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Punch-Drunk Love Hits the Spot

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Adam Sandler, an amazing natural talent who graduated from Saturday Night Live’s renowned school of comedy, has become a Hollywood powerhouse. After striking gold with such juvenile hits as Big Daddy, The Wedding Singer, and Happy Gilmore, Sandler is now one of the highest paid actors in the world.

Though he has an impressive comic range, Sandler is usually cast as a simpleton who struggles to function within society’s basic rules – allowing the audience to laugh at an innocent buffoon and his loveable ways. This formula has proven to be a huge commercial success, as with many films that play to the lowest common denominator. However, as with many comedians who find success, Sandler is venturing away from his proven cash cow – probably to prove his worth as an actor. In his newest release, Punch-Drunk Love, he does just that.

The main character, played by Sandler, is a lonely and mentally deranged man named Barry Egan. Barry owns what seems to be a relatively successful business which distributes specialty toilet plungers. However, the movie revolves around Barry’s bizarre obsessions and fascinations.

From collecting frequent flier coupons to obsessing over an abandoned little piano, Sandler really seems to be this character. Moreover, when Barry shows bouts of violent aggression born from a bottled-up temper, Sandler really shines.

Equally responsible for the clarity in this film, is the director, Paul Thomas Anderson (Magnolia, Boogie Nights). Throughout the film, we see Barry experiment with phone sex, deal with his nosy and controlling sisters, and display what seems to be an uncharacteristic new propensity to dress up. Intertwined in this conglomeration of bizarre behaviors, is a nice little love story, along with a slew of unique transitions and irrelevant circumstances – all masterfully combined into a disturbing, yet highly palatable, story.

In a (David) Lynch-like melding of twisted circumstances, Anderson leads us through this sad and delusional life of Benny. Yet, in the end, it all makes sense. Watching this pitiful soul was a stressful experience. In addition, at times it was fun, sad; and in the end, somewhat satisfying.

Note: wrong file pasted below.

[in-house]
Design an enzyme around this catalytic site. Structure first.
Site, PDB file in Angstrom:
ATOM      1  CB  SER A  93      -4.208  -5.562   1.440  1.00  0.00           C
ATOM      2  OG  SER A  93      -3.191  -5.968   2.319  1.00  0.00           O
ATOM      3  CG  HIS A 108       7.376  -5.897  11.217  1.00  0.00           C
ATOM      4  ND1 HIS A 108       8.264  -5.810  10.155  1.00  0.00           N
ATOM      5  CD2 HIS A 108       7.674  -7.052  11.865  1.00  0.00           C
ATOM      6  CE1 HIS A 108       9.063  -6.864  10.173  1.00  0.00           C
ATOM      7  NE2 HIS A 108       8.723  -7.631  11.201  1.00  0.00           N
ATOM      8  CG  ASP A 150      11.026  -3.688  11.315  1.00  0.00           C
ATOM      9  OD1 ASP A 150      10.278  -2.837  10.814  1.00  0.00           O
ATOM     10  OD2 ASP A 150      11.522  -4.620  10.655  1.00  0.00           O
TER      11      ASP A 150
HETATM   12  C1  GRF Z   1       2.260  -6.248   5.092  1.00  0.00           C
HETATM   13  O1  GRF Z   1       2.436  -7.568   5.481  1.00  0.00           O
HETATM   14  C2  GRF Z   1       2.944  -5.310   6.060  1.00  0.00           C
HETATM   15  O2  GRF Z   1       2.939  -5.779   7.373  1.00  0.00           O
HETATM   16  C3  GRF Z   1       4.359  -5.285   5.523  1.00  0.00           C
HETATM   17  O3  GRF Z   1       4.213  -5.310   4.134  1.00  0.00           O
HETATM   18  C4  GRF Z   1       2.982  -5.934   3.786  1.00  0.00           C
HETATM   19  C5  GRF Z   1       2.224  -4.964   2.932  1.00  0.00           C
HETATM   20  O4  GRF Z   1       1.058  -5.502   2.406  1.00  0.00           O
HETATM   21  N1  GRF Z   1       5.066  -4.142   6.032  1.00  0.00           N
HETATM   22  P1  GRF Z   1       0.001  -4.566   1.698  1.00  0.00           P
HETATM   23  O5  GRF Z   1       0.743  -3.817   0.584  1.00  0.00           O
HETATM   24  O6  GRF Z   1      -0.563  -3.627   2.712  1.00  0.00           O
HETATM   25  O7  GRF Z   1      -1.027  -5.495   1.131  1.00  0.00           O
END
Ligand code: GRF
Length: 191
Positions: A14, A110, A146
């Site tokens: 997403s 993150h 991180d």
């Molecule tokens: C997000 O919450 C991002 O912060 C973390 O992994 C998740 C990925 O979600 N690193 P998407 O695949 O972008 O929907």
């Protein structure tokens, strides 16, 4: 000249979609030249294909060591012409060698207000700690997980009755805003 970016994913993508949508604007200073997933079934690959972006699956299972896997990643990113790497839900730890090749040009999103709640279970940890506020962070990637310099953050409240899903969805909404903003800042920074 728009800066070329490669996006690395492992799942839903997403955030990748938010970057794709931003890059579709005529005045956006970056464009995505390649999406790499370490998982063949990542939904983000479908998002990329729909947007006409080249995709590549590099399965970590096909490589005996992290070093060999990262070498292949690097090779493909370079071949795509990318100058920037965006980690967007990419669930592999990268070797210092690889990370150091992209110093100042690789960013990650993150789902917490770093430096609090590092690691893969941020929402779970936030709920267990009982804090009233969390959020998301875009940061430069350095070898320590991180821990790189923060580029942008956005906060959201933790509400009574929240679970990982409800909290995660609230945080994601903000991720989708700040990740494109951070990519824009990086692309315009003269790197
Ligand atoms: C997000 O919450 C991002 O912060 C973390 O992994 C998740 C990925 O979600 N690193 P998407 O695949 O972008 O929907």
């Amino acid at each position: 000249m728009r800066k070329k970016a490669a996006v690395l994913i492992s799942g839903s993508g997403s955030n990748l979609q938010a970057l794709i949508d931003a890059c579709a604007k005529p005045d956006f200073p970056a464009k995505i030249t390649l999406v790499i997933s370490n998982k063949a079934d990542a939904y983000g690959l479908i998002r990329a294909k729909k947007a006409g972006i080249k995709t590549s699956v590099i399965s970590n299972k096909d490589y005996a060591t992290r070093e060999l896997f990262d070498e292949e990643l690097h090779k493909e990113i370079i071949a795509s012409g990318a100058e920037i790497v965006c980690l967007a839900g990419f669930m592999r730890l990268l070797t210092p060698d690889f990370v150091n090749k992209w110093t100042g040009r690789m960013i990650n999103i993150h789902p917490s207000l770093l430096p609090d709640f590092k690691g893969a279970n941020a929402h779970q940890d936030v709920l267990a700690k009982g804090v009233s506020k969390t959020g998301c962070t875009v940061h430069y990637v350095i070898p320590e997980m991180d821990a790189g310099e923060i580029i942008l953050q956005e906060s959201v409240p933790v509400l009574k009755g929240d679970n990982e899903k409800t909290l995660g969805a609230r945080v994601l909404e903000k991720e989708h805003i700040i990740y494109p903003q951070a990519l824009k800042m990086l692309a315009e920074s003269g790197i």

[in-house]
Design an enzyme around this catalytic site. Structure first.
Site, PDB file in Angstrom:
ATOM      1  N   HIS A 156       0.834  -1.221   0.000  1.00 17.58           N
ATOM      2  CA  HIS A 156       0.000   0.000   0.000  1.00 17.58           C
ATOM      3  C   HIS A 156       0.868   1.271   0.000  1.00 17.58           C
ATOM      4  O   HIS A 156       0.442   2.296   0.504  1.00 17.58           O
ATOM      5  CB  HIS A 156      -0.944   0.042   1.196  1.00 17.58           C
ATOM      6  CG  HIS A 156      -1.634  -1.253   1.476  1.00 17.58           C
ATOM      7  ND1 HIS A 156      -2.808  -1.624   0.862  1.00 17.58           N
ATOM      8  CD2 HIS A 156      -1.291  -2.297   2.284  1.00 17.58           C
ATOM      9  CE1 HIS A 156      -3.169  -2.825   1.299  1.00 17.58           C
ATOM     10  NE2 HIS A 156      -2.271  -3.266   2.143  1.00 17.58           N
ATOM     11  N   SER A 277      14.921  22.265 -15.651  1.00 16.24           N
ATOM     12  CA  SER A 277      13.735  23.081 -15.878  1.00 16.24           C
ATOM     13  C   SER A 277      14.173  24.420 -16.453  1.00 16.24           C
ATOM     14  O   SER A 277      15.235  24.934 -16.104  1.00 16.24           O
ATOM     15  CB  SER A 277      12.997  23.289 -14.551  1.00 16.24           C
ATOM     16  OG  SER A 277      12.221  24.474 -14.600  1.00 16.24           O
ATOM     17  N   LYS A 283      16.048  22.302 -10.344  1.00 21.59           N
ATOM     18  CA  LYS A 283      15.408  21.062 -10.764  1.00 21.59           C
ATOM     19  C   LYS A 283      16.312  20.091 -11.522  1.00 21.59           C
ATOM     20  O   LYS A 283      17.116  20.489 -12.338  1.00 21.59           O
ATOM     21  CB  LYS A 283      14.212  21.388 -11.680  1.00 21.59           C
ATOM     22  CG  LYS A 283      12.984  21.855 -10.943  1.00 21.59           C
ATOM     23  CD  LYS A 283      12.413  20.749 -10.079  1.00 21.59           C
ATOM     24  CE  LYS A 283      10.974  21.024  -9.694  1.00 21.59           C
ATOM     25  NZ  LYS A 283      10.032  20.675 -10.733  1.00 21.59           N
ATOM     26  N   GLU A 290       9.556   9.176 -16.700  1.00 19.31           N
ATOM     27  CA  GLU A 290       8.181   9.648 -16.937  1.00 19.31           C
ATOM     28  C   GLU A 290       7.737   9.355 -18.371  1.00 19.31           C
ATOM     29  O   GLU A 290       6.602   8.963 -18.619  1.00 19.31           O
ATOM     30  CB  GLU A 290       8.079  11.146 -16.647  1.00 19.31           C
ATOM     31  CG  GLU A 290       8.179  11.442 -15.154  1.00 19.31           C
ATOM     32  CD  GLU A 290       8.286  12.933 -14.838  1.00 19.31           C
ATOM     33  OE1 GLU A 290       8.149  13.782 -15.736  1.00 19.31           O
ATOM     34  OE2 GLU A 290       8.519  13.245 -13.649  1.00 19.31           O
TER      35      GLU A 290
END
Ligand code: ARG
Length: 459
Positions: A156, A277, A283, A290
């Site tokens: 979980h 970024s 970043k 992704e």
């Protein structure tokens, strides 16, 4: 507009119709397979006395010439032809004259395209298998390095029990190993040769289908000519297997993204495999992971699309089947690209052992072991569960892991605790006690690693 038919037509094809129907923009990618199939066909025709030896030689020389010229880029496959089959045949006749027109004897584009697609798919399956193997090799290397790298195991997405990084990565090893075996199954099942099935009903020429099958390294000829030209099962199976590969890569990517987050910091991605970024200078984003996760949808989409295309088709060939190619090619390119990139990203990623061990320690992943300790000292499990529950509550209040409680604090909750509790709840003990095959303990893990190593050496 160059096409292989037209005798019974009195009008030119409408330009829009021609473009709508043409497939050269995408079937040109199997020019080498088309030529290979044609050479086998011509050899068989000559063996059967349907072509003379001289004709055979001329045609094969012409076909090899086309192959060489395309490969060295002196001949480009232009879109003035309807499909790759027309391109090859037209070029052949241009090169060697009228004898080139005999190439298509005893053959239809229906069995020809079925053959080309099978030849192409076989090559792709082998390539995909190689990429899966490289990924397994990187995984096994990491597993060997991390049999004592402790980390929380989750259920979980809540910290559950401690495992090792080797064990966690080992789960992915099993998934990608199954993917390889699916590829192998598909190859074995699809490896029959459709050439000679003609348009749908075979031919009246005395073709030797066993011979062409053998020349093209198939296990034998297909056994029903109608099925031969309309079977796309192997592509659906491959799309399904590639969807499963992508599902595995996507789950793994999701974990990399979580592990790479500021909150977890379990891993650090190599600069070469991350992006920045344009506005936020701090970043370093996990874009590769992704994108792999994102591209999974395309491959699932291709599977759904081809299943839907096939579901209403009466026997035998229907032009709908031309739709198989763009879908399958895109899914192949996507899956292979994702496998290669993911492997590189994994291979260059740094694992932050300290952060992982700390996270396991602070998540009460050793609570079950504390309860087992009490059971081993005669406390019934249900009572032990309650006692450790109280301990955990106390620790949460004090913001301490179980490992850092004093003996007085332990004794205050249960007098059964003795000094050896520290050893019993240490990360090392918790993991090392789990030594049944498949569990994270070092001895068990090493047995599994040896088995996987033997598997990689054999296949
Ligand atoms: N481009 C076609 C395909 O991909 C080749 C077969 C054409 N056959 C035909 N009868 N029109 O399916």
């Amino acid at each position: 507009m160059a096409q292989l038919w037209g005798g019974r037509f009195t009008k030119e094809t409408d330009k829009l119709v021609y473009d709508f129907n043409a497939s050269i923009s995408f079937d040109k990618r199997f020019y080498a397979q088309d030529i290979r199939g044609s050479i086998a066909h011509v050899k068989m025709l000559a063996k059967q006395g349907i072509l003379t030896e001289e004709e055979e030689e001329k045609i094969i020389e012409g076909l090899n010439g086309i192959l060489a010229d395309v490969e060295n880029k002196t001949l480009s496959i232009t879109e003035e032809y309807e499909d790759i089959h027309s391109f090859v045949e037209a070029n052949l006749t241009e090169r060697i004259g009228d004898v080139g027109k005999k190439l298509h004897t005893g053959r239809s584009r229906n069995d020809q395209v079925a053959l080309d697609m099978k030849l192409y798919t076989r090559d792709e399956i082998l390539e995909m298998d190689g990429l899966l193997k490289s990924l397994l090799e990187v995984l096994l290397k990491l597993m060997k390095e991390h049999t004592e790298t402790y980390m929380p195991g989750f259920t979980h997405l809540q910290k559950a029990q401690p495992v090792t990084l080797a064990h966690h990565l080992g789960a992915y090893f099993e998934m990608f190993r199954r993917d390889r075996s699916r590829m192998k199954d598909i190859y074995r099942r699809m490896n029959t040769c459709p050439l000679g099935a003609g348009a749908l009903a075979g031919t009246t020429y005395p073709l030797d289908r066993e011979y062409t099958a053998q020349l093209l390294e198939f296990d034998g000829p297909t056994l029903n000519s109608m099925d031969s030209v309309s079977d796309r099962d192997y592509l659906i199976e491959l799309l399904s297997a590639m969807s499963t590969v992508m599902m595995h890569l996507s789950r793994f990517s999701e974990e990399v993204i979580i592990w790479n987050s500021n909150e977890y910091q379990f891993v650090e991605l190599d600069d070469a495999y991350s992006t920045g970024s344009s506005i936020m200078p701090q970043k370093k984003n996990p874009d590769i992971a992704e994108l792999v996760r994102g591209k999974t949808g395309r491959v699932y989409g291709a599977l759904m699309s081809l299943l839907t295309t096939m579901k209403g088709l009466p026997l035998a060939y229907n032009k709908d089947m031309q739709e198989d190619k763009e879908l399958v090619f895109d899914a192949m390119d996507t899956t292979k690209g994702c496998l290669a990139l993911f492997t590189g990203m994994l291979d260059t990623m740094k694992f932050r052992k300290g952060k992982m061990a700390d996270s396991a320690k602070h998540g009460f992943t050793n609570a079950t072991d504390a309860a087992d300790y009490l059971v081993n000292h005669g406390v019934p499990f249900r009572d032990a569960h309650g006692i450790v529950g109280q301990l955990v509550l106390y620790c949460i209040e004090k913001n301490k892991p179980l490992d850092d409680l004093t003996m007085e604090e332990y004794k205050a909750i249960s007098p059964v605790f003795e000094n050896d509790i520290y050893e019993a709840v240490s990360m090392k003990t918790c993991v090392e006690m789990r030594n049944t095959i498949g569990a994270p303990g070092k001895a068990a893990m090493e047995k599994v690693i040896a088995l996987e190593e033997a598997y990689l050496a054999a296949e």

This amazing piece of art was probably not meant for Sandler’s regular fan base. Many people will probably leave the theater wondering what just happened. Nevertheless, this viewer just elevated Adam Sandler to another level. This intriguing movie is not without flaws – but for anyone who appreciates more creative and artistic type of movies, this one is a winner. Fans of Paul Thomas Anderson will just nod in appreciation with an “I told you so” smirk.

Thanks to the popularity of the other Adam Sandler, a large number of people will inadvertently see a decent movie. That’s a good thing.

ADDITIONAL NOTE: This movie would be a great addition to any DVD collection. Although it is currently unavailable in DVD/Video, many other great films are at Amazon.com.

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About Dean Bartkiw

  • http://www.flyovercountry.blogspot.com Chris Cotner

    I can’t wait to see this, but don’t dismiss the other Adam Sandler films b/c they seem juvenile, well, ok, they are, but it takes a certain amount of talent and smarts to pull off a Billy Madison (the best of the dumb films) or a Happy Gilmore.